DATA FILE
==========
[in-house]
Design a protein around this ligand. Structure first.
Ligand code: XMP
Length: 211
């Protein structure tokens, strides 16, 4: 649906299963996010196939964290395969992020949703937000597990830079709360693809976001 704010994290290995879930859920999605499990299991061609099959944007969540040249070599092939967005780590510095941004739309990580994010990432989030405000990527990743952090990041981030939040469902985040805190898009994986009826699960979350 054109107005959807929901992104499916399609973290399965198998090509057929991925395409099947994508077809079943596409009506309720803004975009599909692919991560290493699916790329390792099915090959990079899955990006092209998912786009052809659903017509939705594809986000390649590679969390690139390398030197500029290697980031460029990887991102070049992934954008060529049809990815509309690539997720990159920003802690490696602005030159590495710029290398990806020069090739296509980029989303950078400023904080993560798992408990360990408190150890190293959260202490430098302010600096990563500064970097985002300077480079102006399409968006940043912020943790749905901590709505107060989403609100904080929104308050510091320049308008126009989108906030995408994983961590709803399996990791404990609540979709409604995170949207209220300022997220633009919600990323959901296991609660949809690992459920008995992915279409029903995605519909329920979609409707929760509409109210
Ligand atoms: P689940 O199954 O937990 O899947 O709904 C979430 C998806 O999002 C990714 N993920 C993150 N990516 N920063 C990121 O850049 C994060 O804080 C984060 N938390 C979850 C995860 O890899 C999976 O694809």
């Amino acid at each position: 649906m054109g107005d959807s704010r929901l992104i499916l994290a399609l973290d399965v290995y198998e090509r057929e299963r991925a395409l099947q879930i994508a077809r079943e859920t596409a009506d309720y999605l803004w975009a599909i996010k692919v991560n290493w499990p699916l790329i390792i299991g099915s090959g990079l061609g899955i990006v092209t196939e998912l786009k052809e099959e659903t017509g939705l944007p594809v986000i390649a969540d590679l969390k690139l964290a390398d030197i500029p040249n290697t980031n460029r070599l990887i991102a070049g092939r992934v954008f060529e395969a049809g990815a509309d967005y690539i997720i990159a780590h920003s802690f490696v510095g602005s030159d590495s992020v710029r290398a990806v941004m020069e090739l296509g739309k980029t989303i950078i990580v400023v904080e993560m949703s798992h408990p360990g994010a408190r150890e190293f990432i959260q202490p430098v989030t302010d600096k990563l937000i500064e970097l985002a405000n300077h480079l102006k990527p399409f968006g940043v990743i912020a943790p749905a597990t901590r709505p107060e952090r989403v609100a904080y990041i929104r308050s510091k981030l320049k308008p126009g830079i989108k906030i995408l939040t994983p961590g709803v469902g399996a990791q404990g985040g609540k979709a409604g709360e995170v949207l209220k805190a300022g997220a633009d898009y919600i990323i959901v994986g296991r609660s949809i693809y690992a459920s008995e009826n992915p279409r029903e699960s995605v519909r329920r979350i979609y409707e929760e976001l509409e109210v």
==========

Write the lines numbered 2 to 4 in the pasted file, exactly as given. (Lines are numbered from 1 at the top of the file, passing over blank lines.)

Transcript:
Design a protein around this ligand. Structure first.
Ligand code: XMP
Length: 211